Modern Vs Premodern

Modern vs. Pre-modern

There is one simple way to classify the difference between the modern and the pre-modern, and that would be to separate them by years. Unfortunately this would not be cut and dried; it would be a rough estimate because no one really knows when the change took place, or if there even was a change. What is known for sure is that things did change. The ““moderns” (became) set against “ancient” modes of thought and practice” (Shapin, p. 5), and this led to a so-called scientific revolution. In science the old ways of the pre-modern world were being questioned and torn apart by the people of the modern era. People began to lose faith in the medieval scholastic interpretation of the Bible and began to question all that they knew. Many discrepancies became obvious in what they knew at the time, how each came to the conclusion of what they knew, and finally what the knowledge that they had acquired was worth. This did have an adverse affect though, many Protestant movements turned even more back to the Bible to explain what was happening.
The level of knowledge that was known in the pre-modern is minuscule compared to the amount of information that was added to what had already been established during the modern period. Of course the exception of subjects that interested people, then in that case they were very knowledgeable. This adding to and explanation of many old ideas was the ushering in of the new age. This questioning and explanation began somewhere around 1611 when Gaileo “observed dark spots, apparently on (the sun’s) surface.”(p.15). His interpretation of what these sunspots were “was widely taken as a serious challenge to the whole edifice of traditional natural philosophy as it had been handed down”(p.15). His predecessors believed that the sun was too great and perfect to have such blemishes and imperfections because it was created by God as a part of nature, and when he challenged them with his theory that they were atmospheric in nature, he began the modern period of time in some senses. Galileo believed that “only one universal knowledge” (p.18) existed instead of the two traditional knowledge bases of mathematics and natural history. The Bible provided many of these unquestioned beliefs, “the power of God and spiritual agencies in the natural order was freely acknowledged” (p. 105). For example, once all the planetary theories were revealed, many still believed that “the actual center of the cosmos was hell.”(p. 24) supporting the belief that God played a large role in science.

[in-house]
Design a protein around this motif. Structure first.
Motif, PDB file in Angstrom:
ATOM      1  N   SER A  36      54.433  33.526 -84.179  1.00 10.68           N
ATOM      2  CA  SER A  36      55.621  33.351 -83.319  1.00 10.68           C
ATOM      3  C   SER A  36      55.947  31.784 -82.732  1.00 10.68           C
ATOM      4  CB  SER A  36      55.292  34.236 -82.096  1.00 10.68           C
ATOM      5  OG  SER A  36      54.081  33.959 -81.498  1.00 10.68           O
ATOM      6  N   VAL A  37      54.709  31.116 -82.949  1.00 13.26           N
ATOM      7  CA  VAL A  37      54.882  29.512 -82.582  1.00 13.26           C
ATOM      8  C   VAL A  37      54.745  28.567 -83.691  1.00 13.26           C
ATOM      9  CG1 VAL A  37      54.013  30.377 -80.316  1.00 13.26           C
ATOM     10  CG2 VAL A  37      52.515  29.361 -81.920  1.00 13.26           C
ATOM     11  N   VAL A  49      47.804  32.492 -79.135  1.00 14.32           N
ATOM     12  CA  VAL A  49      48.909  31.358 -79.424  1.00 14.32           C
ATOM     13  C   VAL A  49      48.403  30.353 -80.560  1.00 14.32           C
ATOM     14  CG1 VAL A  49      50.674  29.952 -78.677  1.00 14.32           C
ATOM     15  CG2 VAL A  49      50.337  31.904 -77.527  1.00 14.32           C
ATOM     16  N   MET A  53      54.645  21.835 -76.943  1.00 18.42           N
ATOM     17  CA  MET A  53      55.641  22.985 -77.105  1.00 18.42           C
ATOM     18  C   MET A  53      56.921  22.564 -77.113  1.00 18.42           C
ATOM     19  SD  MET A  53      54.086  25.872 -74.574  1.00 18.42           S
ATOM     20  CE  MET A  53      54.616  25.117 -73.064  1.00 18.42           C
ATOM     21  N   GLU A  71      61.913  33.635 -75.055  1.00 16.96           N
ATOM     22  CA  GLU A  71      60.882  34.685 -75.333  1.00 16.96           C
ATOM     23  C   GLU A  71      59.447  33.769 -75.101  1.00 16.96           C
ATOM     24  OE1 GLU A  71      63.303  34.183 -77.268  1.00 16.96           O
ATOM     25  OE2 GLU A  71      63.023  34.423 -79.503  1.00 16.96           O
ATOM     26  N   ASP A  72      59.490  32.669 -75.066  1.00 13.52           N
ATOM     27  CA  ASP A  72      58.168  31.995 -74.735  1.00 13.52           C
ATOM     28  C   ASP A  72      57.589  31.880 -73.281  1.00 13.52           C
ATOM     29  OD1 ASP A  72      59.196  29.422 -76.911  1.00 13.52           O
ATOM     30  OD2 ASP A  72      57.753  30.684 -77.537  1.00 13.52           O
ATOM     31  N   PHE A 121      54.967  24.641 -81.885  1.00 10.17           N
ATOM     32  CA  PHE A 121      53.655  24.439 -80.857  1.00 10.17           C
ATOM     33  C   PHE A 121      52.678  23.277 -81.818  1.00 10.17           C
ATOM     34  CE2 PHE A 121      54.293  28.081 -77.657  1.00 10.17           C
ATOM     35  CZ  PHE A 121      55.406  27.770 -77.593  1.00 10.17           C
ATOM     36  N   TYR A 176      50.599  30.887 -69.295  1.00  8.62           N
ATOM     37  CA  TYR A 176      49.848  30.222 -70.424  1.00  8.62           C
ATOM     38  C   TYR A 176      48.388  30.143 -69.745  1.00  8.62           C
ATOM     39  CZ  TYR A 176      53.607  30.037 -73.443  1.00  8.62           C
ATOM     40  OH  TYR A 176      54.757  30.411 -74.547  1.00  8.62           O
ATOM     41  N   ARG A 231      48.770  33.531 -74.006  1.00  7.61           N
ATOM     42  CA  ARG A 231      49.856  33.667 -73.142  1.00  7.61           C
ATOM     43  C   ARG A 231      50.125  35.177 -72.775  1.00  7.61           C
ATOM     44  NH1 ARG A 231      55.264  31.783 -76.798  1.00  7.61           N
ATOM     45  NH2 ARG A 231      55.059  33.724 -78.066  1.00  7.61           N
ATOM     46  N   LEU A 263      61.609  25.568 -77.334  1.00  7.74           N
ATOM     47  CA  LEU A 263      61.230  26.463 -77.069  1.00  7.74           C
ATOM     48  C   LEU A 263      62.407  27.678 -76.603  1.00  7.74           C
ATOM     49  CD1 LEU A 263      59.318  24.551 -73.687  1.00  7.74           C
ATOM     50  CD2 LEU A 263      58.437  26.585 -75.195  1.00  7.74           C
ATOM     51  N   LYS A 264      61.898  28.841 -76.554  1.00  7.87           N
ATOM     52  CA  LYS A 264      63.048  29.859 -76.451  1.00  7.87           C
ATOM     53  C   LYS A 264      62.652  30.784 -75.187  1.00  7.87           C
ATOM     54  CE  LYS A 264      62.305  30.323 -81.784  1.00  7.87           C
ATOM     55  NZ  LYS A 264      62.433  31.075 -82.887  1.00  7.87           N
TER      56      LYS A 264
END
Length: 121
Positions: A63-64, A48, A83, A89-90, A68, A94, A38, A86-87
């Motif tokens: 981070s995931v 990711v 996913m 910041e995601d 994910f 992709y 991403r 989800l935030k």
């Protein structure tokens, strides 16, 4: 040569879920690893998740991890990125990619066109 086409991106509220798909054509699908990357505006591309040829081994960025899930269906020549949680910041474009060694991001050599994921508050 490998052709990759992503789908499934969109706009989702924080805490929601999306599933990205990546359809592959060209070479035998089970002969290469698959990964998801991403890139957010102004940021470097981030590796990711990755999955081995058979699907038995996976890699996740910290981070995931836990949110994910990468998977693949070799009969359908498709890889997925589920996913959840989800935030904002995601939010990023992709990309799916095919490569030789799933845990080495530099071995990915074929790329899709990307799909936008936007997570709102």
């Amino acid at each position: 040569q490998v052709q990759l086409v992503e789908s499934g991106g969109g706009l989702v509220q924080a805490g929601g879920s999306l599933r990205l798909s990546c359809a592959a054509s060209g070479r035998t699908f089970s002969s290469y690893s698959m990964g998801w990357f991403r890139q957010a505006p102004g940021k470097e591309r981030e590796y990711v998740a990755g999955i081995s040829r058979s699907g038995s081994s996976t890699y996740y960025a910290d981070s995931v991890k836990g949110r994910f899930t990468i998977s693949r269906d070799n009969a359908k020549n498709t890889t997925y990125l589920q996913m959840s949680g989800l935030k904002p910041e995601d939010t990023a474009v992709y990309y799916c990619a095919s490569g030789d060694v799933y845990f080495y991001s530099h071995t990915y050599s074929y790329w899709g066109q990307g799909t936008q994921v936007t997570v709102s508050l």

It seems that what was known in the “modern” time period was based on what had been said previously and what could be reasoned from the human senses. An example is Galileo and Orion’s belt: “To the three previously known stars in Orion’s belt Galileo now added about eighty more”(p. 26) with his newly invented telescope. Another example is Antoni van Leewenhoek and Robert Hooke’s use of the microscope to see and support their theories “that all bodies were composed of small globules” (p.50). Scientists were trying to go more in depth to everything that was known and ask themselves why something happened or what made up something. The precise nature of the change was that people wanted to know and to discover. They wanted to ask why something happened, and they weren’t satisfied with the answer ”because it just does”.
The question of how all this new information was found arose. This information was found through many ways in the modern world, but in contrast the information that was known in the pre-modern was from very limited sources, including what they themselves had seen or reasoned out. In this earlier time the information that was available was held by higher scholars and then distributed down to the common people. This was one of the only methods known to fully communicate information at the time, but when the modern time period arrived things changed. Books became more available to the educated masses and “text after text stipulated the novelty of it’s intellectual contents” (p. 65). Books written by some of the best modern scholars were available, including works by: Galileo, Kepler, Boyle, Pascal, and Guericke. These insightful works were read by everyone